United in grief. Pushed apart by tragedy.
Keeley Andrews knows more than anyone that you only live once. So when she receives an invitation to spend two weeks in Paris, all expenses paid, she jumps at the chance.
Ethan Bouchard has had the worst eighteen months of his life. He’s ready to give up on everything, including his hotel chain. So when he meets Keeley, it simply isn’t the right time.
As Keeley and Ethan continue to bump into each other on the romantic Parisian streets, they can’t help but wonder whether this is fate telling them to let go of the past and leap into the future…
Mandy and Aria have shared an extract today so grab that drink, a comfortable chair and chocolate. You could even sneak a couple of Christmas songs and enjoy.
***** beginning of extract *****
‘Duncan, not that awful disco ball of your mother’s again! Please, I beg of you. Last year it gave Lydia Mumford some sort of aura migraine before I’d even served the Waitrose arancini,’ Lizzie Andrews said, raising her eyes and glaring at her husband who was stood precariously at the top of a stepladder. He was about to fix the large revolving silver sphere to a hook above the kitchen island where, on the hob, something containing cranberries was simmering.
Twenty-six-year-old Keeley hid her face in her mug of super-hot, extra-strong coffee and tried to stop a laugh from escaping her lips. Her parents’ conversation over her long-since-passed-away gran’s festive regalia had been treading the same path since the decorations had been left to them in the will. Her mum had always insisted it was because the old lady never liked her.
Joan loathed me. Loathed me, Duncan. Right from the get-go. Ever since the first time I came to your house with peonies for her and she shoved them in an empty tin of Heinz beans as a vase. That was when the die was cast.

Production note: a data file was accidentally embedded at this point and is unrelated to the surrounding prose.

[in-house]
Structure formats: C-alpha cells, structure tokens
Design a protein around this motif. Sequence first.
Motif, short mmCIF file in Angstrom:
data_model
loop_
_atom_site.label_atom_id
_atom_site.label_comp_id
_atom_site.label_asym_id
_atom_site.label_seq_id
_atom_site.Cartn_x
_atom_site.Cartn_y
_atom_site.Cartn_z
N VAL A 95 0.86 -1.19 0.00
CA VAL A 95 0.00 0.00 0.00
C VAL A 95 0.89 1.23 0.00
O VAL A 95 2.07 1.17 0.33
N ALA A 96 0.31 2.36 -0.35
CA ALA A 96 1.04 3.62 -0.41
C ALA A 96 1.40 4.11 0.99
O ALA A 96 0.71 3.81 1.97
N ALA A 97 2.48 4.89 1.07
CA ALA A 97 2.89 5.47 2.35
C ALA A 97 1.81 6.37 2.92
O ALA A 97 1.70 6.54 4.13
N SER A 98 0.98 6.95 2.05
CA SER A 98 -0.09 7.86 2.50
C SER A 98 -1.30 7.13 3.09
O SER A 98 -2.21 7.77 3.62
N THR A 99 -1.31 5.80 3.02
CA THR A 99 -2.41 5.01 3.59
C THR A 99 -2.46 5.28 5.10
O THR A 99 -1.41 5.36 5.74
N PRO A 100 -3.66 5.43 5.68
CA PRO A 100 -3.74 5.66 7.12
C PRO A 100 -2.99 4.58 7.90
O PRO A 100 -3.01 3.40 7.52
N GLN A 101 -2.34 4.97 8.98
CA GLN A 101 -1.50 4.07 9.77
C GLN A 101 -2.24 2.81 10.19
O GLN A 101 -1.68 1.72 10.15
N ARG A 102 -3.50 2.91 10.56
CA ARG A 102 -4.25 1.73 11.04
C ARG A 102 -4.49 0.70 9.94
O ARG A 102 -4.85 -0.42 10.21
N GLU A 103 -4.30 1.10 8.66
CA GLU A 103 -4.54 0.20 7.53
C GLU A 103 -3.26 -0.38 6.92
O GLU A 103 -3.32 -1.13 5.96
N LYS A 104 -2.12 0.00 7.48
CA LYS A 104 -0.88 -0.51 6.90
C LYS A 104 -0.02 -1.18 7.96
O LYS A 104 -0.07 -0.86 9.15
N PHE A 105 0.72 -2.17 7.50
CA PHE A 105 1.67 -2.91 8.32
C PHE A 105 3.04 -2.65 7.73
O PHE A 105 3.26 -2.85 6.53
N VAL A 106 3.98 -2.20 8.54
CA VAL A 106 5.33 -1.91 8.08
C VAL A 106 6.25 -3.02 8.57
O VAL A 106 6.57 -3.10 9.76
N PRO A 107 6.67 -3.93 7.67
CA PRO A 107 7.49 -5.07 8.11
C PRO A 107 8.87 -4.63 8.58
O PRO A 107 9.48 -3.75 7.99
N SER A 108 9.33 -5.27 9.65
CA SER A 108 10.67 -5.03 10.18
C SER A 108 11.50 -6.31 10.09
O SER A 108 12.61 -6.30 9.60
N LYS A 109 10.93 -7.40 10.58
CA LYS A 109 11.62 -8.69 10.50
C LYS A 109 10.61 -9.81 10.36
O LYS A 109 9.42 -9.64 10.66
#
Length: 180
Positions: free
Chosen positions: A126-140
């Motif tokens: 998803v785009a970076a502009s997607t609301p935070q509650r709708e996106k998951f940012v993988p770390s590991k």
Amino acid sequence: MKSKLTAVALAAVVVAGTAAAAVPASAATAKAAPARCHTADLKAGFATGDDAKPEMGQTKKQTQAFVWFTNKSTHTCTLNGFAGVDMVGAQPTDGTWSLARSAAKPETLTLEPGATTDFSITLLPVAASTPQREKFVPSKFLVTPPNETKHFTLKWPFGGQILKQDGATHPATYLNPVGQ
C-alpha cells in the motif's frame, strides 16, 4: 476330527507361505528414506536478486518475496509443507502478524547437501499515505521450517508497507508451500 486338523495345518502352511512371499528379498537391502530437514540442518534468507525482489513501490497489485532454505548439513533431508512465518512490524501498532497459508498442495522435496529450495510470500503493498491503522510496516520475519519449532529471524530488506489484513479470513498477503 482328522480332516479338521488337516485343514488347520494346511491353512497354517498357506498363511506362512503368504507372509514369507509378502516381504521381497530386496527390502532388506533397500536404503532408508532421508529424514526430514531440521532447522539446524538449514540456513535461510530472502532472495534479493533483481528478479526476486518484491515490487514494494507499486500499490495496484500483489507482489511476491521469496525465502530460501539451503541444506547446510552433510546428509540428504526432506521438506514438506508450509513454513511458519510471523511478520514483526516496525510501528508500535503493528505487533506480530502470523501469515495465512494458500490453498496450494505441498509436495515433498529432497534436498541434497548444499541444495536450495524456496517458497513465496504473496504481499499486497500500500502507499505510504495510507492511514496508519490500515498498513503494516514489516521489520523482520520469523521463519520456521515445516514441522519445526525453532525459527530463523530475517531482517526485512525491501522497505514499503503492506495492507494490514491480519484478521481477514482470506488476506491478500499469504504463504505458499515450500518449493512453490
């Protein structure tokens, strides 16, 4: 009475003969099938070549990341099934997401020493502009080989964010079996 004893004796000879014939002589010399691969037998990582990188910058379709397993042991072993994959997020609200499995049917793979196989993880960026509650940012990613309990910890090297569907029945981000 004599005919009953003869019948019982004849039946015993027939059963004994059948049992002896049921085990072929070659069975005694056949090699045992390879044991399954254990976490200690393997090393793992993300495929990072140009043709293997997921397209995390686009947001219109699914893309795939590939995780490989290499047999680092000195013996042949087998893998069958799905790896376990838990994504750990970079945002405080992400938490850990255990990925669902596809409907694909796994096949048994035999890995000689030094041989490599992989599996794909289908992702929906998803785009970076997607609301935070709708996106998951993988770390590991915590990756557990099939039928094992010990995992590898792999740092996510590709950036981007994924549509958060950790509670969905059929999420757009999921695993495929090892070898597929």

But Keeley liked the decorations. None of them matched together – there were vibrant purples and emerald-greens alongside 1980s-style robots swinging on bunting and Chinese paper lanterns that probably should have caught alight long ago. At first glance, they might not seem to correlate, but somehow they worked. Her sister, Bea, had loved them too. Bea would always be fighting their dad for use of the ladder, having somehow actually worked out complicated things about balance, or the optimum angle to enable the globe to spin in a completely symmetrical way that would please Lizzie’s need for order. Bea had always plunged into things with full-on gusto but never without the knowhow to back it up.
Thoughts of her little sister made Keeley’s heart squeeze and she took another sip of the coffee before the toaster popped with the crumpet she was cooking.
Lizzie shook her brown curly hair and sniffed, nose in the air like a prized perfumier. She dropped the pinecones she was painting to the newspaper-covered work surface. ‘What’s that smell?’by
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